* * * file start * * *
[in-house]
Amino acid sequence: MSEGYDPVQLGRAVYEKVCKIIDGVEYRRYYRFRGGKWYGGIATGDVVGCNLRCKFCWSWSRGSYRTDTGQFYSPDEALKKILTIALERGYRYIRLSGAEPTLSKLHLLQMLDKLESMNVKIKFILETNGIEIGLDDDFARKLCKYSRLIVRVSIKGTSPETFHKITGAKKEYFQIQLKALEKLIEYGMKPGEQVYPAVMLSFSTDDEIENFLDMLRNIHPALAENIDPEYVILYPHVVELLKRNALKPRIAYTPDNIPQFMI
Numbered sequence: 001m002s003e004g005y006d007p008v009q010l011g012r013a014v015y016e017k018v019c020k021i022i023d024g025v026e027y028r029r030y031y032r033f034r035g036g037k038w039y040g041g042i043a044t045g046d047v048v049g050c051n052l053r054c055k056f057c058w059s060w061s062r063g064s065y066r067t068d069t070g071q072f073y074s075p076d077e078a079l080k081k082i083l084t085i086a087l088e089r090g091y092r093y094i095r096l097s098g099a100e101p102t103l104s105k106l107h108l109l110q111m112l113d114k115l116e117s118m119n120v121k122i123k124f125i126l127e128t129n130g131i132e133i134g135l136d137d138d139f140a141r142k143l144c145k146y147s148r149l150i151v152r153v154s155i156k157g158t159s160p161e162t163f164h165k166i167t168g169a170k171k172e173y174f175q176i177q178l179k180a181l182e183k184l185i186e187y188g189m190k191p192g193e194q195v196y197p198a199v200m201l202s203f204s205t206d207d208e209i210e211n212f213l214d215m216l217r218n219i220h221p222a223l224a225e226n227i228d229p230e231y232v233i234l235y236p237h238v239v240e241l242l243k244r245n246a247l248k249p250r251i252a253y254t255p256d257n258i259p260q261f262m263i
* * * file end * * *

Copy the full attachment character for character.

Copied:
[in-house]
Amino acid sequence: MSEGYDPVQLGRAVYEKVCKIIDGVEYRRYYRFRGGKWYGGIATGDVVGCNLRCKFCWSWSRGSYRTDTGQFYSPDEALKKILTIALERGYRYIRLSGAEPTLSKLHLLQMLDKLESMNVKIKFILETNGIEIGLDDDFARKLCKYSRLIVRVSIKGTSPETFHKITGAKKEYFQIQLKALEKLIEYGMKPGEQVYPAVMLSFSTDDEIENFLDMLRNIHPALAENIDPEYVILYPHVVELLKRNALKPRIAYTPDNIPQFMI
Numbered sequence: 001m002s003e004g005y006d007p008v009q010l011g012r013a014v015y016e017k018v019c020k021i022i023d024g025v026e027y028r029r030y031y032r033f034r035g036g037k038w039y040g041g042i043a044t045g046d047v048v049g050c051n052l053r054c055k056f057c058w059s060w061s062r063g064s065y066r067t068d069t070g071q072f073y074s075p076d077e078a079l080k081k082i083l084t085i086a087l088e089r090g091y092r093y094i095r096l097s098g099a100e101p102t103l104s105k106l107h108l109l110q111m112l113d114k115l116e117s118m119n120v121k122i123k124f125i126l127e128t129n130g131i132e133i134g135l136d137d138d139f140a141r142k143l144c145k146y147s148r149l150i151v152r153v154s155i156k157g158t159s160p161e162t163f164h165k166i167t168g169a170k171k172e173y174f175q176i177q178l179k180a181l182e183k184l185i186e187y188g189m190k191p192g193e194q195v196y197p198a199v200m201l202s203f204s205t206d207d208e209i210e211n212f213l214d215m216l217r218n219i220h221p222a223l224a225e226n227i228d229p230e231y232v233i234l235y236p237h238v239v240e241l242l243k244r245n246a247l248k249p250r251i252a253y254t255p256d257n258i259p260q261f262m263i